Some readers might remember Matthew Butler, a St John’s old boy, now living in Australia. Well, this month our review is a bit of a departure from our usual fare. It’s a fantasy novel for young adults (YA), published earlier this year. Tyler’s Dream was written by Matthew during his gap year back in 2003. He wrote the book in Harare and has spent the last 12 years perfecting it. The book boasts 18 illustrations, a hand-drawn cover, and maps, all the work of Matthew himself.
Tyler’s Dream was reviewed by American literary magazine, Kirkus Reviews, which had this to say about the book:
“Butler’s debut YA fantasy offers the tale of a young boy who becomes the unwitting guardian of a precious artifact that all sorts of creatures desire.
“Fifteen-year-old Tyler Finch is an orphan, but he has an extended family who cares for him in the village of Elliun. This changes when beastly men called ghatu attack the villagers. In the midst of the onslaught, Hargill, the loquacious town senior, bequeaths a spider-rock to the boy and declares him to be the “Avalon-Qwa,” both of which Tyler doesn’t comprehend. The wounded Hargill further demands that Varkon, a recently captured ghatu, take a sacred oath to protect Tyler. The new, reluctant companions journey to the city of Ithrim to seek answers from a man named Haranio. Tyler, however, starts having troubling dreams that he believes are premonitions. One dream in particular leads him to suspect that a man wants to murder him.
“Overall, this is a brisk, appealing story teeming with action and suspense. The narrative momentum is impressive and striking, as the trio travels for much of the book, on the run from ghatu and engaged in conflict with numerous creatures on land and at sea. Distrust is also a major theme: Tyler isn’t sure whether he can rely on Varkon or Haranio, and later, a ship’s crew blames Tyler for leading the murderous ghatu to their village. No fantasy is complete without mythical beasts, and Butler doesn’t disappoint, as the group faces a shape-shifter, kidnapping imps, and a giant, wormlike myloth. The villains, too, are suitably menacing; the spiked, iron-masked Dhimori commands the ghatu’s assault, while the baddies’ leader, known only as “She,” is terrifying despite never making an appearance. There are abundant mysteries throughout, including the reason why the ghatu are pursuing the group (and specifically Tyler), as well as the significance of the spider-stone, the spider tattoos that suddenly materialize on Tyler’s skin, and his recurring dreams. A thoroughly animated fantasy, and a commendable series introduction.”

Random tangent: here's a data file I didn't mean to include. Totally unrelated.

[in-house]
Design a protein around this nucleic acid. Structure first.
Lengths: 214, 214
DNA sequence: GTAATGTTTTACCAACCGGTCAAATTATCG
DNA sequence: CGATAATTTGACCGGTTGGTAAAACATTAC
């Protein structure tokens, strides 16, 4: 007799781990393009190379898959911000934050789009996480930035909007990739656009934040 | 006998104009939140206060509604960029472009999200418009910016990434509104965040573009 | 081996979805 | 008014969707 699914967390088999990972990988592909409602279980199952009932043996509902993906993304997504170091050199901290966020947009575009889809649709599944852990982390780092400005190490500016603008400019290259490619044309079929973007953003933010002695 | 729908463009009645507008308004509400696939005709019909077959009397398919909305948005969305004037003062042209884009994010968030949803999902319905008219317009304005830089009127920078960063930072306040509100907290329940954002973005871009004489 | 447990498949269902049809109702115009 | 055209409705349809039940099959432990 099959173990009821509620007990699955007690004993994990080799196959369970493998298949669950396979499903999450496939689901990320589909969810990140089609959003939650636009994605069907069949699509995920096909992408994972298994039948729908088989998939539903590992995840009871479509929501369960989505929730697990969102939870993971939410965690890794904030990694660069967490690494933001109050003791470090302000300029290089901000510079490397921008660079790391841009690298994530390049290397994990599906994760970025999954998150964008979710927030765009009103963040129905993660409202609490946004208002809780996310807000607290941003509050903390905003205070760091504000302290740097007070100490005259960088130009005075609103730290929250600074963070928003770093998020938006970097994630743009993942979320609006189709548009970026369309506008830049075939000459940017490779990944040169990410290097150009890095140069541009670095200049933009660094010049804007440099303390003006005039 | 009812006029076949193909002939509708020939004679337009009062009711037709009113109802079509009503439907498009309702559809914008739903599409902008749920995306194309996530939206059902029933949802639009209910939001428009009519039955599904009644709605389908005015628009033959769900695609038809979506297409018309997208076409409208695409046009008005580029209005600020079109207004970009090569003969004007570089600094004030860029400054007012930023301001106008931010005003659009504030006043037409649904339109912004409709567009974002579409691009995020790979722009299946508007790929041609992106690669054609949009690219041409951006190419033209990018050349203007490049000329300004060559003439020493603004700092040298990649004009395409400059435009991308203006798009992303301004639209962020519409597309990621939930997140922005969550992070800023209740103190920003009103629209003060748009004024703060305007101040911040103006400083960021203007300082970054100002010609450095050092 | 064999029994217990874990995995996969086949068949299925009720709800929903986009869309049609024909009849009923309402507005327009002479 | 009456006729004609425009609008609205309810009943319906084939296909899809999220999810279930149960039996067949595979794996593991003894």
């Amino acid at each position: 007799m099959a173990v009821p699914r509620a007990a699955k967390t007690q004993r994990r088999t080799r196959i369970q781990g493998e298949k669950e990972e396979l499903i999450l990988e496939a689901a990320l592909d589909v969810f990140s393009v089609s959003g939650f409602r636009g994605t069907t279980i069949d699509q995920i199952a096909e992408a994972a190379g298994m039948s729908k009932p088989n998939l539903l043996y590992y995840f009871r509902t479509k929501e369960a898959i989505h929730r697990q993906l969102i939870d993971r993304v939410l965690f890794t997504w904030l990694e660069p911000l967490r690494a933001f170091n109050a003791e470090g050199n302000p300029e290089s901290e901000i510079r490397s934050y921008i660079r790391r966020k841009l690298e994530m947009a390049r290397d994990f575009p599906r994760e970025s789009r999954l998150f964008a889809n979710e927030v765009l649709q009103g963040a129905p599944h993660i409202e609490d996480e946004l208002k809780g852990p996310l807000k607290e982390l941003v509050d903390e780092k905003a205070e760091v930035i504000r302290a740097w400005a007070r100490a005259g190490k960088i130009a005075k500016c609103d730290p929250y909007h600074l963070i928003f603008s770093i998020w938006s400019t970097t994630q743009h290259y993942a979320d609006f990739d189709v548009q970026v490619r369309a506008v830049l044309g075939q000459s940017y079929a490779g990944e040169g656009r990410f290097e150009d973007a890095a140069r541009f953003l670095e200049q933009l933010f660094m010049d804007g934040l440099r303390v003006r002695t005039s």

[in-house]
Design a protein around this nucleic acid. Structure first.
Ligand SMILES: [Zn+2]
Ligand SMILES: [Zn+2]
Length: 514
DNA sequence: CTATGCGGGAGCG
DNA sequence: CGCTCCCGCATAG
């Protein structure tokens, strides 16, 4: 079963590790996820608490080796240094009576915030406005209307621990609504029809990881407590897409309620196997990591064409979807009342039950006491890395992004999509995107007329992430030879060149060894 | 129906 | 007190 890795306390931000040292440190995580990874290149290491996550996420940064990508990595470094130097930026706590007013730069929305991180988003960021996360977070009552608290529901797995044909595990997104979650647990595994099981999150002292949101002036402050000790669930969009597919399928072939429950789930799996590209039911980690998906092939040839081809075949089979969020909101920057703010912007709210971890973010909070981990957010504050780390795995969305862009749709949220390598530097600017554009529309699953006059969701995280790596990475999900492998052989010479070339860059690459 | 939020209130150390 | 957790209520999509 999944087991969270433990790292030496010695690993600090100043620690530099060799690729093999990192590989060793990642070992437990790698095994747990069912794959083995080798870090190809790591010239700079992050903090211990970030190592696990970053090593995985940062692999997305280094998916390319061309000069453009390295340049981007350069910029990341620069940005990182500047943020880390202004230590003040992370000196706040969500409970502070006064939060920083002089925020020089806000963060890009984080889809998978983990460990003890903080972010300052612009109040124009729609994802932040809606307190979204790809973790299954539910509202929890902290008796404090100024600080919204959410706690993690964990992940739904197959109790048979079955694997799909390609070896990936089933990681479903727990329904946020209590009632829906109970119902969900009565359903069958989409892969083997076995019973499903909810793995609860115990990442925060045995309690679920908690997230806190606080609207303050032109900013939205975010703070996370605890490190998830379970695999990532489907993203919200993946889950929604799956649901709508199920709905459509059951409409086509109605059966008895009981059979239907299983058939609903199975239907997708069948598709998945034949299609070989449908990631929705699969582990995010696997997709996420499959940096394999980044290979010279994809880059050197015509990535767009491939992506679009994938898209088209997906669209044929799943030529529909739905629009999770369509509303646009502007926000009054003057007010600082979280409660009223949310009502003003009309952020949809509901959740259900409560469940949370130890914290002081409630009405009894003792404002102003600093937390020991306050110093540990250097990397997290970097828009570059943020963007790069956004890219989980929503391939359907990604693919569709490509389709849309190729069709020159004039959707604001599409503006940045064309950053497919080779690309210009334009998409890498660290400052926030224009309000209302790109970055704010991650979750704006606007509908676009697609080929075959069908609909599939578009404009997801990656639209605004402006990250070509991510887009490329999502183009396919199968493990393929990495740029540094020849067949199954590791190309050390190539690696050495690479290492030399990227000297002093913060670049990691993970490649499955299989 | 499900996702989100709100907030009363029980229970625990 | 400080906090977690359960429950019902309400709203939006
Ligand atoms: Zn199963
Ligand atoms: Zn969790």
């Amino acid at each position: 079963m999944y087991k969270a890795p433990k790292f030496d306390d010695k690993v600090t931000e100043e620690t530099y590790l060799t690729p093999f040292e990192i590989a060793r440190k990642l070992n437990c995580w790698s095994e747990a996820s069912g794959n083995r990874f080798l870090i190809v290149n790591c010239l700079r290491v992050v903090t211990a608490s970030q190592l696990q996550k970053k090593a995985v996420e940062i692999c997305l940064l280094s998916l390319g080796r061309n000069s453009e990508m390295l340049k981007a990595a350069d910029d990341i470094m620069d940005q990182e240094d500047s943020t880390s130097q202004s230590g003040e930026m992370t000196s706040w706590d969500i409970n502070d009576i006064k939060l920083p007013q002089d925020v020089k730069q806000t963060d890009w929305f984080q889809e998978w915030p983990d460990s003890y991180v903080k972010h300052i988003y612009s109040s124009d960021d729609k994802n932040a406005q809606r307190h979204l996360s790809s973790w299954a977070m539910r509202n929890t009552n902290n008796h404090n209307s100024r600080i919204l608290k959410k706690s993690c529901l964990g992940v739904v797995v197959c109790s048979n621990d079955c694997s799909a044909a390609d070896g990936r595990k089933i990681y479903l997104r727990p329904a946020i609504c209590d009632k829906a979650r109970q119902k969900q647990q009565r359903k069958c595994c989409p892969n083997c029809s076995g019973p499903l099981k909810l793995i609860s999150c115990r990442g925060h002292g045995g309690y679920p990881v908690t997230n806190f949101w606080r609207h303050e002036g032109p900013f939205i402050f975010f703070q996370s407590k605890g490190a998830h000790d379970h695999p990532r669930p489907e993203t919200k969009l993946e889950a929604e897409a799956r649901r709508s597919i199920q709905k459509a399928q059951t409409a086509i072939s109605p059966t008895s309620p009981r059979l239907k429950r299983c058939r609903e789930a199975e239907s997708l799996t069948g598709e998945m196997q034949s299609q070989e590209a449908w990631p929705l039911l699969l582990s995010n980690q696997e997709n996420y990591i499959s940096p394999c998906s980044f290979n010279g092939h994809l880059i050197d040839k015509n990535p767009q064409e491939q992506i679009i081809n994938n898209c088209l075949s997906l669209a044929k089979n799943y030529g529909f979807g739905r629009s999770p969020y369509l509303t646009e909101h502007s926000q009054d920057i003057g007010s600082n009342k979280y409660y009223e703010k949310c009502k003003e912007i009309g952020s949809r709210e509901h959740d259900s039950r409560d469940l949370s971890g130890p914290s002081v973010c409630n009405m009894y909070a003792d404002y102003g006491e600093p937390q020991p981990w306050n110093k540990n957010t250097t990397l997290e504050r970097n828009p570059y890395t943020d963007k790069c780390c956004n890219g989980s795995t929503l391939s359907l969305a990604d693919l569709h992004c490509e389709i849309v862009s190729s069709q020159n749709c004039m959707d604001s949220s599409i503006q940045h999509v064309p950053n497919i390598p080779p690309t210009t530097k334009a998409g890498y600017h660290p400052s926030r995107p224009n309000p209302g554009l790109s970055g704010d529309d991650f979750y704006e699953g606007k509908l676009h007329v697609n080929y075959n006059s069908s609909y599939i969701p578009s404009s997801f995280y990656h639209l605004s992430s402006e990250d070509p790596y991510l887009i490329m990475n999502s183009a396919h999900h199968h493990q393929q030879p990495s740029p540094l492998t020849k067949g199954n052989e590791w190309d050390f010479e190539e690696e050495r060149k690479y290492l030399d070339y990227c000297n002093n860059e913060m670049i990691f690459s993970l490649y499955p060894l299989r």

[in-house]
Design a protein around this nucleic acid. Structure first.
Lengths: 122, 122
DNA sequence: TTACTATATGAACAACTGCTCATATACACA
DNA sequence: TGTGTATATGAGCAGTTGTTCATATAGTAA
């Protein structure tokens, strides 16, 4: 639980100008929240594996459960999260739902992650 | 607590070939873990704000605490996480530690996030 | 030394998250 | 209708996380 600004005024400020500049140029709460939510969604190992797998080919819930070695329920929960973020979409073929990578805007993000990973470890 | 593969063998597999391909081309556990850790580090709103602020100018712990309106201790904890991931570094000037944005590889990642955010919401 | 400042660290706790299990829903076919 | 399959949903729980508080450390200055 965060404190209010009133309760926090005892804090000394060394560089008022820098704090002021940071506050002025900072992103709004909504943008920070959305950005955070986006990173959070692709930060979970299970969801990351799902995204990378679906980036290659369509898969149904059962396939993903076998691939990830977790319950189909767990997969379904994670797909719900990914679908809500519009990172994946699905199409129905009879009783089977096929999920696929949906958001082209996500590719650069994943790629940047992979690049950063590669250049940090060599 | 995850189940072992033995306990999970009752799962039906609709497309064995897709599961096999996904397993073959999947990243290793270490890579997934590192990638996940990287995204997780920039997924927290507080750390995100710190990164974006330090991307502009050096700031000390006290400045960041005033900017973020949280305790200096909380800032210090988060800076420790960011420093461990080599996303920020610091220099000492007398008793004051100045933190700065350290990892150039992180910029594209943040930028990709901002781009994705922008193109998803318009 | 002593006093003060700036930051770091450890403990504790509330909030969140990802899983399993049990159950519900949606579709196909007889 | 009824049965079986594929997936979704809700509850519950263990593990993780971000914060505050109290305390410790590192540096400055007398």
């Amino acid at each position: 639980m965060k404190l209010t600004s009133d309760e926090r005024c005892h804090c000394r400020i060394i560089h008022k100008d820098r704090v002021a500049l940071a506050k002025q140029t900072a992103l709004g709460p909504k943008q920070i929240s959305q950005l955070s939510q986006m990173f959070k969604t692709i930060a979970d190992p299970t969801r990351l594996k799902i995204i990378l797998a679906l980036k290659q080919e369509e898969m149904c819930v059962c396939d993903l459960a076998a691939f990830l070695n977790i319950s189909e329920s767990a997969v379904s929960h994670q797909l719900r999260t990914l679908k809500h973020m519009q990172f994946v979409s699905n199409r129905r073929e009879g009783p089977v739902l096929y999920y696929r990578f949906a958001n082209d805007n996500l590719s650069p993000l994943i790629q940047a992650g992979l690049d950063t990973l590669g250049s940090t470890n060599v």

Matthew, though born in the UK, was brought up here in Harare. He was awarded national prizes for his writing and poetry. He went on to complete his A’ Levels at St Edwards in Oxford and then a Bachelor degree in commerce at St Paul’s College, Sydney University, Australia.
Currently he is chief marketing officer of a larger Australian public company but he has kept close to Zimbabwe and returns every year for another spirited adventure.
He would love to come back to Zimbabwe and continue a career in writing, and has several other ideas for novels up his literary sleeve.